Reeee-Re–Gurgitated Bull-Shite (But Hopefully Entertaing) A Conversation from Mosul about a Forklift

My mechanic (Of Parsons Mechanic fame) came by to have some ‘chat’ with me:


The most Interesting
Mechanic in the World

“Way’ll… I have a natch’ral disaster on my hands.”

“Ok Bob,” I said, “I’m ‘bout to bust with anticipation.”

“Yep. A natch’ral disaster.”

“You mentioned that already.”

“A real-life natch’ral calamity.”

“Do I have time to go to chow while you go through your preamble?”

Ignoring me, he continued, “That Six Kay (‘6K’ as in six thousand pound lifting capacity) forklift is all a-pieces. hamorr’agin’ parts all over th’ place. The Boys (Filipino mechanics times two) tol’ me it was the fuel injector pump. So, I kin’ly smiled and said ‘Okaaay…,’ and let ‘em go at it. They need ta learn how ta fix thangs without me onct in ah’while. Well,  they dun got tha’ forklift tore all ta pieces.  Now, I dun give ‘em all mornin’ to dick ‘round with it, an’ I’m gonna give ‘em all this aftr’noon to dick ‘round with it some more. Then first thing tomorra, I’m gonna ask ‘em, ‘Boys, how come that forklift ain’t a-workin’ this fine morning?’”

“Your ‘personnel management style’ is showing Bob,” I said.

“Yeah, whatever… An’ tomorra’s Thursday. An’ day after that’s Friday. An’ I ain’t doin’ nothin’ on Friday. Tomorra, we gonna start our dee-cent inta th’ day off.”

“Kinda start slowin’ ‘er down ‘round mid-noon time, eh?” I said. (I can do ‘Southern’ just as slick as you please when I want to.)

“X-actly. We start double-clutchin’ and dee-celeratin’ an’ bring her in nice and slow like.”

“And what about my forklift?” I asked, even though I already knew the answer.

“She’s all ‘In’shalah’d’ out Boss.”

“Dead in the water?”

“Tits up.”

“Broke dick?”

“Send her saddle home.”

“I need to call Baghdad?”

“She ain’t lookin’ none too fav’erble.”

“Call HQ an’ tell ‘em we need another forklift?”

“Now, jes hol’ on. Doan git ’em all wadded jes yet.”

“Ok. I got it. Thanks.”

“We’re Parsons’ Mechanics an’ jes watch how we roll,” he said on his way out the door.

I love my job.

I have a “Ten Kay” forklift that still works. So I should be alright for now. Besides, Bob just  loves the drama and we do this little dance everytime there is a crisis in the motor pool. If I were a betting man (And actually I am) I’d wager two of my pay checks that come Friday if that 6K forklift is still down, he’ll be out there bright and early with his boys working on it until it is repaired even if it means giving up his day off. I’ve seen him do that already too many times over the past year and a half he has worked for me. There is no man made of better stuff. An’ he sure do entertain. Yessir, he certainly does. And I’d never have been able to keep the operation afloat without him.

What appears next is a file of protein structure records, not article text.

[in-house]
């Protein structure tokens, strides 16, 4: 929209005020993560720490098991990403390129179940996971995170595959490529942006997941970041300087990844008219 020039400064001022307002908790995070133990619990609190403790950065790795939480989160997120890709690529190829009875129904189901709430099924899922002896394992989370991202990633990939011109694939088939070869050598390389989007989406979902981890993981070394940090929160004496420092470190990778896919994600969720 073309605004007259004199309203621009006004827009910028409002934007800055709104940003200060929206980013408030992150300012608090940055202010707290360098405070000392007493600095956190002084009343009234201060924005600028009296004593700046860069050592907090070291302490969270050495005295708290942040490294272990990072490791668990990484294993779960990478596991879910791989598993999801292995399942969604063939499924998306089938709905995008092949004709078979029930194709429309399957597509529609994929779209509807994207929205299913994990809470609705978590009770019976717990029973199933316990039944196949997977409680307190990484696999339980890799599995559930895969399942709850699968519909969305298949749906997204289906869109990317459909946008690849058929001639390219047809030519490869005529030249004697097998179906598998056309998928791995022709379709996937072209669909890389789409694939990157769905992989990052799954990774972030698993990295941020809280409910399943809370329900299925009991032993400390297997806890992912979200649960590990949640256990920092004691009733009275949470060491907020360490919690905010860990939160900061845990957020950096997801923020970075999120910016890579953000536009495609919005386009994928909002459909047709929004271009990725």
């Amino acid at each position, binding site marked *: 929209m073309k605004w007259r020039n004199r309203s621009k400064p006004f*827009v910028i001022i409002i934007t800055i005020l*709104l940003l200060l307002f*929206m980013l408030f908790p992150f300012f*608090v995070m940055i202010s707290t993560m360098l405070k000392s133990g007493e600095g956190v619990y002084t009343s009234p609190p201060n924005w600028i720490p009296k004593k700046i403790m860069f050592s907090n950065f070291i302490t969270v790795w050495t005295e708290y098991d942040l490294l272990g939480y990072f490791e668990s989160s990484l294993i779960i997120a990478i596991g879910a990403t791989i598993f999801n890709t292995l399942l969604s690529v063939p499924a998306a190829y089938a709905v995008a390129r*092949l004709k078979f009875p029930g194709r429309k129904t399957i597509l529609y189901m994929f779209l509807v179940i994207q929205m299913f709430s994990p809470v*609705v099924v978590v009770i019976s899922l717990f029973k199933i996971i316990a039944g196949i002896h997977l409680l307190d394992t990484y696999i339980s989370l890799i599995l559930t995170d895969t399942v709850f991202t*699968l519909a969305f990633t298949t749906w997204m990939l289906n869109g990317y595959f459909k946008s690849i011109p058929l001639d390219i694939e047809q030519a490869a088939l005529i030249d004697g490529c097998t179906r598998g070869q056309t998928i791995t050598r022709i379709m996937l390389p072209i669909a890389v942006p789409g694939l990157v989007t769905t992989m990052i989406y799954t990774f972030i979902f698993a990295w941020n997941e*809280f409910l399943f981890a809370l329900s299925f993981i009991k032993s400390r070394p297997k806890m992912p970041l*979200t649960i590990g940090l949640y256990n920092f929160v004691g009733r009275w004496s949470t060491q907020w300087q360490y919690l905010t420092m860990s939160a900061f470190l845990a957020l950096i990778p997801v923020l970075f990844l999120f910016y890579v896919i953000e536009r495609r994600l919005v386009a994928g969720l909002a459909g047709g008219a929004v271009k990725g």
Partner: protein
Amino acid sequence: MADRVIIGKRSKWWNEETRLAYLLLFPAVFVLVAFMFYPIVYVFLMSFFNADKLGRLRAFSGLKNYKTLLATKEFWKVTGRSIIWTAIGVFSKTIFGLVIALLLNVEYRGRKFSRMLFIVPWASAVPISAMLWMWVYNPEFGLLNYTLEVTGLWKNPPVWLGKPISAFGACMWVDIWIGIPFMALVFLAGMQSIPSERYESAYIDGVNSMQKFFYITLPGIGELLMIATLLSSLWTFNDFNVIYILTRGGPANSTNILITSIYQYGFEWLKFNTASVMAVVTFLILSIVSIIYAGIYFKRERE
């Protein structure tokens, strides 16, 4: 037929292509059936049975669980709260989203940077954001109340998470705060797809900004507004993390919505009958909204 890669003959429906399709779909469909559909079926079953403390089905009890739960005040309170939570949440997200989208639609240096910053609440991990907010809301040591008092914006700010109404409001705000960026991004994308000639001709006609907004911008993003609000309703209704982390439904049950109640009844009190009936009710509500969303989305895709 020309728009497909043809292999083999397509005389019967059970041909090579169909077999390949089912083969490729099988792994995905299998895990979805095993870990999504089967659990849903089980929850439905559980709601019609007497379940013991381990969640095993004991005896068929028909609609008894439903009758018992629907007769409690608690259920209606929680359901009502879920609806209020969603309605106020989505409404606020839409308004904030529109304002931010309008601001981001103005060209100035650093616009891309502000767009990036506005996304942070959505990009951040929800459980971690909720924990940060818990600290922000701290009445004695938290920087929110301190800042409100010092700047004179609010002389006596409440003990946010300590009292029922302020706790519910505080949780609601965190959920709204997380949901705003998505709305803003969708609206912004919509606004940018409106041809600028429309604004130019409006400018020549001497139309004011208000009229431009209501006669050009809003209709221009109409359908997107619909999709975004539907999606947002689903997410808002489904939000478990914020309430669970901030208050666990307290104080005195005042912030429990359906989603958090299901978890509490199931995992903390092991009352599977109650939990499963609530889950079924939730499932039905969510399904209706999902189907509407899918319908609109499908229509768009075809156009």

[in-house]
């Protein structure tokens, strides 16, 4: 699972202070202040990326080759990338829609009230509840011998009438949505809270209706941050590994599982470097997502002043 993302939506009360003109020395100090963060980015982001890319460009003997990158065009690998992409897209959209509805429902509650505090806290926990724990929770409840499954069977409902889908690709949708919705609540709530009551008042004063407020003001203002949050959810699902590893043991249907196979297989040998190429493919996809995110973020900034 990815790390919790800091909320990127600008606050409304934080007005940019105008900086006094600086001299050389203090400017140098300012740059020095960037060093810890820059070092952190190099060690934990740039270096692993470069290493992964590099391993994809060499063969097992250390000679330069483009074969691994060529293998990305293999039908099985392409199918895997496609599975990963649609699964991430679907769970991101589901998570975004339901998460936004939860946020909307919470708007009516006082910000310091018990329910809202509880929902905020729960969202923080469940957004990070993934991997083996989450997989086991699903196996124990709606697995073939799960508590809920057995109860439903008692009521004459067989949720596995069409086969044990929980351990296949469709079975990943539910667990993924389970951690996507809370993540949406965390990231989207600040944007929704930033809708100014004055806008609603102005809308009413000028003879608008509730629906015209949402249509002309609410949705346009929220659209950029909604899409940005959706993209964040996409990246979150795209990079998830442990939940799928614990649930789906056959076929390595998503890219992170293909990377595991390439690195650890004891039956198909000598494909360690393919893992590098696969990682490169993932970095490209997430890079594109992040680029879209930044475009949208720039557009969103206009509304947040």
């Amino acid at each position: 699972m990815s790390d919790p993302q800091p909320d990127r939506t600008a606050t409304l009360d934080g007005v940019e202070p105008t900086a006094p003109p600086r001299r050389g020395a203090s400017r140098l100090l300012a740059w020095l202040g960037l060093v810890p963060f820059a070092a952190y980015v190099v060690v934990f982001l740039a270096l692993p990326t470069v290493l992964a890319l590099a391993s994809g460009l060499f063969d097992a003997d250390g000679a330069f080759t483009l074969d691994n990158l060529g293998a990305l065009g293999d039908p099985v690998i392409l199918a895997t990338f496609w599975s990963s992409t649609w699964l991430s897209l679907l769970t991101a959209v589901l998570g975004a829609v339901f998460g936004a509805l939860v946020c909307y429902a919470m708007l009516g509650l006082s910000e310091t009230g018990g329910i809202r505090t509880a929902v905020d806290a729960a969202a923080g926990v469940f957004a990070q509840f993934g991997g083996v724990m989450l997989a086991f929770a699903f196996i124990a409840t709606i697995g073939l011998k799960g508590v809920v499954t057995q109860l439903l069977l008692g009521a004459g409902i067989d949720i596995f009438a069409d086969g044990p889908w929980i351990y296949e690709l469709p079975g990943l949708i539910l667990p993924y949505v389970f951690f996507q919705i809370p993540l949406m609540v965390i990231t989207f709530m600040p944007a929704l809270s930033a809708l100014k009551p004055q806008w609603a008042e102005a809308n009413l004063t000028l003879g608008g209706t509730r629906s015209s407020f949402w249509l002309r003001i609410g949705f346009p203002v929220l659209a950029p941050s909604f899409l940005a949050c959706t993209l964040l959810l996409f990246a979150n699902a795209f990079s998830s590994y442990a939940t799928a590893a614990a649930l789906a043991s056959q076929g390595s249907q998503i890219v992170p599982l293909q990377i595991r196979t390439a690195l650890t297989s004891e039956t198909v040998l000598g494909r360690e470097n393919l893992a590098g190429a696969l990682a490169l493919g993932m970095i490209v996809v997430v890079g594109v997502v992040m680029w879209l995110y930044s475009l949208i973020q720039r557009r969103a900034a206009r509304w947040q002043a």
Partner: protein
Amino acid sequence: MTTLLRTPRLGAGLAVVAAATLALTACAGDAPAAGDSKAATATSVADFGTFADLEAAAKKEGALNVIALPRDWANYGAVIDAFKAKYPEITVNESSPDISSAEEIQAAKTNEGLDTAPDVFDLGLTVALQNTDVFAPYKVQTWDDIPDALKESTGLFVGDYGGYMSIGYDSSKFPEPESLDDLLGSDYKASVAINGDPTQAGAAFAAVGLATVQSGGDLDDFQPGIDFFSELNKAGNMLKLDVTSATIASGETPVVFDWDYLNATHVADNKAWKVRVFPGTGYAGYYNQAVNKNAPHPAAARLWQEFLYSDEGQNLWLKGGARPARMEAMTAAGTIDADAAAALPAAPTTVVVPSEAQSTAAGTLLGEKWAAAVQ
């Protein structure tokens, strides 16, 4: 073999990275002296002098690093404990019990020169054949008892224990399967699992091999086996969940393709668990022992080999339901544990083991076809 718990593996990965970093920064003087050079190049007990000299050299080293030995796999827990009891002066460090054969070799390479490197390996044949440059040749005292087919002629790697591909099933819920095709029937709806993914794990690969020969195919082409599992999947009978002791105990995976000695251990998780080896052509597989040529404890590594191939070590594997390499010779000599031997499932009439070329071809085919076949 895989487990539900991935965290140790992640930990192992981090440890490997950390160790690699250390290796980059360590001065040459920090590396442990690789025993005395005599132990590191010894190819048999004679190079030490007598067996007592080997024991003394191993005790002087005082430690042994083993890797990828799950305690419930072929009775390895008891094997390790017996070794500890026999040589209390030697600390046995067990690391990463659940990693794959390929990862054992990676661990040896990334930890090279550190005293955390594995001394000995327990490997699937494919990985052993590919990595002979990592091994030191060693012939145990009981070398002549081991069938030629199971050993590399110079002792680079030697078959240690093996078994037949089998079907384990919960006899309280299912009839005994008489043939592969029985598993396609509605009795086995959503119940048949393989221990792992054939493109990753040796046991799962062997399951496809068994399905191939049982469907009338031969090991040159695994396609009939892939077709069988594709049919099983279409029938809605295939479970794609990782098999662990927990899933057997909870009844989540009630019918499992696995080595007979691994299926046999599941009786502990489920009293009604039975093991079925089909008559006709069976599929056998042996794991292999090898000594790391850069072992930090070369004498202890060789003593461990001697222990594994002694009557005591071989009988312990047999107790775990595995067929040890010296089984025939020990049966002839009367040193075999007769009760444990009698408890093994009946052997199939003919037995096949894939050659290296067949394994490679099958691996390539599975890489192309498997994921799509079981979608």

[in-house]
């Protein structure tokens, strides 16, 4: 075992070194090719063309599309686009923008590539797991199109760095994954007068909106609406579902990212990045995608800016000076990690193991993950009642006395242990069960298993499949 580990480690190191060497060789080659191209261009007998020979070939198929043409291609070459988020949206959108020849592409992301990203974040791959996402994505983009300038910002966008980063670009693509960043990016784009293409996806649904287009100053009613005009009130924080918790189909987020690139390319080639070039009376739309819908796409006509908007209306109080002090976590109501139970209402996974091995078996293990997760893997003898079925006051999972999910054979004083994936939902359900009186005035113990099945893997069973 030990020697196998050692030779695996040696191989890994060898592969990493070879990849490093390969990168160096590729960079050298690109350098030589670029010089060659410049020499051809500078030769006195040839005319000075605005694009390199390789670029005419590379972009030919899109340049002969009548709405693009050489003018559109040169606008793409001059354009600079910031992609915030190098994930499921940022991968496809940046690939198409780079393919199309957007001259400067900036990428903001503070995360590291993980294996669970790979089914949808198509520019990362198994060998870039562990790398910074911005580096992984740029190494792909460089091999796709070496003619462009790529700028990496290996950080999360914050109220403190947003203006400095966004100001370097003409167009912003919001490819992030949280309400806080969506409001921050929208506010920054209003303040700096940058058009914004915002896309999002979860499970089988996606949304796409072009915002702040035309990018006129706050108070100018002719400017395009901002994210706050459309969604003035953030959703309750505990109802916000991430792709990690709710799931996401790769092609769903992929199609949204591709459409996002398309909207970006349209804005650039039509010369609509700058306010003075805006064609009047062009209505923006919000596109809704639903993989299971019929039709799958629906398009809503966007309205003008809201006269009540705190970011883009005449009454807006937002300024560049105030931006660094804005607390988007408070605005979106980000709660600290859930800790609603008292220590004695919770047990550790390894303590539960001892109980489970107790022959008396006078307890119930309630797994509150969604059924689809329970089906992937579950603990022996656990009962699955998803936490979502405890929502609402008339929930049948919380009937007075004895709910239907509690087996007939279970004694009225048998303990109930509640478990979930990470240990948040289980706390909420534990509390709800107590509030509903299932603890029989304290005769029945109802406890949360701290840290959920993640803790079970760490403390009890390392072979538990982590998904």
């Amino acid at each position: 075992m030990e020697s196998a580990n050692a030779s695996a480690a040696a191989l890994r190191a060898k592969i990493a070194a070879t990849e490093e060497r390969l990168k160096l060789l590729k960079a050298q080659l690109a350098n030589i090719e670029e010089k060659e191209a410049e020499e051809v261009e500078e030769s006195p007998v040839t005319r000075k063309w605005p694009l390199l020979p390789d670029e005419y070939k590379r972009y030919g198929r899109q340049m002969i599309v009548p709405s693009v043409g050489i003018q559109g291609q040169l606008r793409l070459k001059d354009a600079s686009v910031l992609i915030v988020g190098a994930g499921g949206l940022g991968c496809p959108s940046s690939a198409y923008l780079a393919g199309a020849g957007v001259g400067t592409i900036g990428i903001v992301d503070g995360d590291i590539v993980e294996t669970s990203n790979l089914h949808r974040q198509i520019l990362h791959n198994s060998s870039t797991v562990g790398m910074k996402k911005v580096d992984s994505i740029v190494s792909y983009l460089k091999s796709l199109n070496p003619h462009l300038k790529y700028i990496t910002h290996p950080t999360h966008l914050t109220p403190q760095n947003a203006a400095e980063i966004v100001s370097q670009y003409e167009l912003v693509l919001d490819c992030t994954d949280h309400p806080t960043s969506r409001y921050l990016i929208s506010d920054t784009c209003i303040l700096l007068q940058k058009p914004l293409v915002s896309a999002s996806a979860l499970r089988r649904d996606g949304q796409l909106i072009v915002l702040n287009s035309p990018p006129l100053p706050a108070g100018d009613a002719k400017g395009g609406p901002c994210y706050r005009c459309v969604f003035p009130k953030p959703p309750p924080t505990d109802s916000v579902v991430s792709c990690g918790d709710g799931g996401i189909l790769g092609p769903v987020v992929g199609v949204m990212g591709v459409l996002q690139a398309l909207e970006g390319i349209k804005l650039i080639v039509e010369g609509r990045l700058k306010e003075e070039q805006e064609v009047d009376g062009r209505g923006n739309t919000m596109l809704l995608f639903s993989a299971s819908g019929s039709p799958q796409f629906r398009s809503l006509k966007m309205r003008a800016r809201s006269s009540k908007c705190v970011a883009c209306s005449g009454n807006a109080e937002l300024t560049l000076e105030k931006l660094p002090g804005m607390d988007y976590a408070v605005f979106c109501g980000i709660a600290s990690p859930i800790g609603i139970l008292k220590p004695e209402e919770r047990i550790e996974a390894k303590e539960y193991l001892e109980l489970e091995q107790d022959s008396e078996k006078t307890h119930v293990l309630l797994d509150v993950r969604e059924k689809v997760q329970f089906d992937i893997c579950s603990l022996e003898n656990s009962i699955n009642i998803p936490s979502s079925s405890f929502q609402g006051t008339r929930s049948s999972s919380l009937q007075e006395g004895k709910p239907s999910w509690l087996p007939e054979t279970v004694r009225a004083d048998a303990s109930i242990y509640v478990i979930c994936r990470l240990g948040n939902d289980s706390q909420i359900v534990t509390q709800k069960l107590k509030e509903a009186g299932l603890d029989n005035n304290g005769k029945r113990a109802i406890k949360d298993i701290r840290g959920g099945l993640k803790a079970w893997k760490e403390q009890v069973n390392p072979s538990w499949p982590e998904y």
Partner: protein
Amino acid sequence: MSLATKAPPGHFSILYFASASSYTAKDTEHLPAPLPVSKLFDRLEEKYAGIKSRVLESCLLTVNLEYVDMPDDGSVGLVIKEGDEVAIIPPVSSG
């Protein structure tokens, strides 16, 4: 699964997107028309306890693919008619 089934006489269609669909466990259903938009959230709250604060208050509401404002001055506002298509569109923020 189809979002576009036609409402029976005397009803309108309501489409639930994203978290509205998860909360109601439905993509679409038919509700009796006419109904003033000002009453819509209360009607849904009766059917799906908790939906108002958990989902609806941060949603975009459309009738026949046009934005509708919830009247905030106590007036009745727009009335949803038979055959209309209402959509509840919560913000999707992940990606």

I love all my crew and wouldn’t trade a single one of them for a pile of cash money or a case of Johnny Walker Black with the authorization to drink it.

16 thoughts on “Reeee-Re–Gurgitated Bull-Shite (But Hopefully Entertaing) A Conversation from Mosul about a Forklift

  1. Thank you for the kind words. I am very glad you liked this post. Bob was my best friend in Iraq and he is quite an interesting character. Many thanks for reading.

  2. I thoroughly enjoyed this post. Your conversation was priceless.
    The part where you compared the forklift…

    “And what about my forklift?” I asked, even though I already knew the answer.

    ““She’s all ‘In’shalah’d’ out Boss.”

    “Dead in the water?”

    “Tits up.”

    “Broke dick?”

    “Send her saddle home.””

    Thanks for the interesting read.

  3. your titles are built into most of the time, your first phrase. or certainly in your first paragraph.
    If you would honor me with allowing my help, I would make some suggestions, although I am new at this business.
    One a similar note: would you be interested in ‘Guest Blogging’ on my site? It has not too many followers, but I would be so happy for you to throw up some of your writing there, as we both, in our way, write about some of the same things.
    Let me know…

  4. Dear Lady, I have not.
    But you know I will (wait! maybe I did) I get confused (this is true) about the way you list your posts. Numbers don’t move me. Perhaps consider…Titles? I am easily confused, and numbers tend to turn people off. Americans, anyway. Just a suggestion.

  5. That is very kind of you. Here is some truth: I have learned a lot about being descriptive (with moods and character descriptions) from reading your writing.

  6. Well, your style is pretty amusing. I enjoy the stories a lot and the people come to life in your writing. I really feel like I’ve been in the tent where the guys keep bringing food and get mice and worry about snakes. And I want to tell the other guys who shop in the red zone, “it’s not worth it!” Pay the extra and keep more limbs.

  7. Thank you. I do know that our writing styles and subjects are worlds apart, but I know we both appreciate the both.

    Thank you for stopping by and commenting. Means a lot.

  8. Hi Anna,
    I am ashamed to say a great deal of my Texan accent has atrophied. I used to have quite the ‘twang.’ I love Texan accents and deep South as well. Thank you much for reading and commenting. I am happy to hear you enjoyed the post.

  9. I agree he sounds like Mountain Man. I enjoyed reading your post. I have a very southern accent (not MM!), so have you lost your accent due to world travels, or do you change speech patterns? I’m curious now. 🙂

  10. That is an excellent observation! I didn’t think of it, but now that I do, I’d have to say you’re pretty spot on. Bob is quite a character to be sure. Thank you so much for that great comment. And thanks again Mad Annie for visiting.

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